exploring, examining, exchanging, expressing
Monday, November 26, 2007
Turkey Day Follow-Up
The expat turkey dinner party we hosted on Saturday night was a huge success! I woke up at 8:30 in the morning to get the bird in the oven and hit the farmer's market for fresh veggies. My roommates were smart and kind enough to leave the house while I, still groggy from the previous night's festivities, monopolized the kitchen in order to prepare the feast. I can be a bit of a bear at times, believe it or not.

I braised a 5.5kg turkey (slathered in herb butter) for 2.5 hours at 375 and 5 hours at 200. I made gravy from homemade vegetable stock and turkey drippings. I made dressing from scratch, using homemade cornbread and store-bought white bread. All of these dishes were firsts for me to attempt solo. My family always helps, and they tend to use a few more prepared ingredients.

Around 5:30, guests started arriving, bringing sides and drinks. It was at this point that I realized our guest list was a bit estrogen-heavy. I was the only male at a table of nine females. Hey, I'm not complaining! It's a special joy to have a group of women fawn and compliment my cooking skills. I spent a good portion of the dinner just sitting back, smiling, and soaking it all in.

After dessert (apple and pumpkin pies skillfully crafted by my roommate) and digestion, I hid in the kitchen to do dishes while the ladies gabbed. I wanted to clean the place up a bit before the rest of our friends arrived for the party.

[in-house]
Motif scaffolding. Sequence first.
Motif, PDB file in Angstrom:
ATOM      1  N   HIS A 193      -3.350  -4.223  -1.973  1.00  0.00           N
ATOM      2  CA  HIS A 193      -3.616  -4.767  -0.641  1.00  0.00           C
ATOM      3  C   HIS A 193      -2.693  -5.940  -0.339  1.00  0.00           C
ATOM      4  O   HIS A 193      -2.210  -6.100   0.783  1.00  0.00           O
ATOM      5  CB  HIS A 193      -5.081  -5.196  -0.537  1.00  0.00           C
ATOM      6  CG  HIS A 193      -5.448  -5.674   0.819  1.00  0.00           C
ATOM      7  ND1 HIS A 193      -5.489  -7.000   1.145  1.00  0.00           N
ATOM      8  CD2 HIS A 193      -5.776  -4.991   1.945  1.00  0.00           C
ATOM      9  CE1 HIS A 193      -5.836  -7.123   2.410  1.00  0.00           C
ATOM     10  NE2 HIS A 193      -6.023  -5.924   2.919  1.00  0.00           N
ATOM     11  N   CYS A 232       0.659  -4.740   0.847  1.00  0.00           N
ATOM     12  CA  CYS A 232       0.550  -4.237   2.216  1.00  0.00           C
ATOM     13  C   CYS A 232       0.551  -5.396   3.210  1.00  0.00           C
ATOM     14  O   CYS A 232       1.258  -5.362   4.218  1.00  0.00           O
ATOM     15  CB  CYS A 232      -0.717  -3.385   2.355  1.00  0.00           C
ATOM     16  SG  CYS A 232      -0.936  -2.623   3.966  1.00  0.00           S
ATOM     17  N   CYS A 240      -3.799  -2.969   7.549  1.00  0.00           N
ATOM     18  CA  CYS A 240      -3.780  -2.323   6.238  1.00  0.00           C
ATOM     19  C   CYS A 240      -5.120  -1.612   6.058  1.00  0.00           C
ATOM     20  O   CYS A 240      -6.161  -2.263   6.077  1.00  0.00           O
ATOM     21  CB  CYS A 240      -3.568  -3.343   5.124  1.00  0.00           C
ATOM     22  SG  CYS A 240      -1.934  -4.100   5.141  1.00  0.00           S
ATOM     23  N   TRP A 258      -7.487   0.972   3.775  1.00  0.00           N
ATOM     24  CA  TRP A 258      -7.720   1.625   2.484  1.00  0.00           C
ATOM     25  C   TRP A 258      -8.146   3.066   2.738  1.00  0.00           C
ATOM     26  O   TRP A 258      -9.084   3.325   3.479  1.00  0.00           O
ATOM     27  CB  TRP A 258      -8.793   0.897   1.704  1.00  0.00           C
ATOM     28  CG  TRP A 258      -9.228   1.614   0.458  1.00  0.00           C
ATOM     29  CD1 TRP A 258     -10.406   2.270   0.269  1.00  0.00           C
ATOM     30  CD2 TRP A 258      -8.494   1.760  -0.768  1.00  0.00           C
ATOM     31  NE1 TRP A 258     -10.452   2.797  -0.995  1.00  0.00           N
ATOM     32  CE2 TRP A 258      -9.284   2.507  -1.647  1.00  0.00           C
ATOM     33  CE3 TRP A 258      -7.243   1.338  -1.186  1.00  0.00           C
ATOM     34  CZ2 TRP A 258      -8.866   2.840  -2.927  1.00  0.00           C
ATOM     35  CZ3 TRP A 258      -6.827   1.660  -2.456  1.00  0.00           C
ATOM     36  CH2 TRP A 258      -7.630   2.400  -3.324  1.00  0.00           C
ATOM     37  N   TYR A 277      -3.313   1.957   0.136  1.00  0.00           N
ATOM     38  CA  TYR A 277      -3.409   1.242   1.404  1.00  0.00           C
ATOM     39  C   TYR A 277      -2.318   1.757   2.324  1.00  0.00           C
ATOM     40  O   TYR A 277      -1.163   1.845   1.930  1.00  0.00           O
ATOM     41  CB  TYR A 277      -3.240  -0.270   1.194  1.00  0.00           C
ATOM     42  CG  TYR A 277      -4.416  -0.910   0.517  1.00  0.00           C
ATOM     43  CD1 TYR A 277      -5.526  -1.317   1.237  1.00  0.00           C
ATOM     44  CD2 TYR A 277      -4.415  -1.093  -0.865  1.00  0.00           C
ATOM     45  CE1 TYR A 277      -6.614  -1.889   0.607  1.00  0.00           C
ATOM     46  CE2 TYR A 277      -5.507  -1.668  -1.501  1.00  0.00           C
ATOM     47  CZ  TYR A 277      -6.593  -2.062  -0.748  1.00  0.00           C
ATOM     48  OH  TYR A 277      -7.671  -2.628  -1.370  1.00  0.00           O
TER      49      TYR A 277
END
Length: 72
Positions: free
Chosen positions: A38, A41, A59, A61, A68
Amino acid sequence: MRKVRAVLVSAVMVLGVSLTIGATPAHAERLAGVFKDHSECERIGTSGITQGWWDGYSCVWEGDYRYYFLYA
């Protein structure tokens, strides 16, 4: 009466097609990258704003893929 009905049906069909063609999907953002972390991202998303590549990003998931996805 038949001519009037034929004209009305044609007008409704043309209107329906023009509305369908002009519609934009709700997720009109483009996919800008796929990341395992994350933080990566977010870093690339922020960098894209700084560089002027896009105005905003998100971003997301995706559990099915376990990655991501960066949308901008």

Alex (friend and former student) showed up with his brother, his cousin, and a lovely young lady. Roommate's former student came with a friend as well. Cacique and shot glasses were passed around. The rest of the night is a bit hazy, but I know it involved dancing, laughing, and posing for pictures.

Altogether, I'd say it was one of the best weekends of my life.


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Saturday, November 24, 2007
What Happens in Alajuela
A friend (and former student) took me to a club in Alajuela last night. Although he finished my class a long time ago, we've kept in touch and hung out occasionally. Last night he really went out of his way to show me a good time since he knows I'm leaving soon. Due to the rules of "Guy's Night" I cannot divulge any more details. But I wanted to post this as a reminder of that fantastic evening.


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Thursday, November 22, 2007
Feliz Dia del Pavo
Thanksgiving is the one holiday that I enjoy without stress or frustration. It is also the one day of the year that my family gets together at one table and actually talks. Christmas, with its bounty of gifts, is all about the kids. Thanksgiving is about the whole family. It begins the night before, when we cram into the kitchen and start prepping the meal. We get everything ready ahead of time so we can eat early in the afternoon. Plus, there are few joys greater than waking up to the smell of roasting turkey.

Of course, I'm missing it this year.

I'm bummed beyond belief, but there's a consolation prize. We're hosting an expat Turkey Day at our place on Saturday (since most folks have to work Thursday). I bought the bird today. The selection was slim, and the price was ridiculous, but I suppose I'm lucky I found one at all. Turkey isn't too popular here. It's only available at the gringo supermarkets this time of year, which have set up companion displays of Stove Top stuffing and canned cranberries. I plan on making dressing from scratch (thankyouverymuch) and gravy to boot. Roomie, however, snatched a can of cranberry goo. But she's also making pies, so I'll overlook it. Others are bringing mashed taters and such. One kind soul has promised cocktails, bless her heart.

After we stuff ourselves, we're going to have a party with a broader invitation list. It's a going away party for me and Roomie. The rest of our weekends are booked, so this is our last chance to hang out with many of our newfound friends.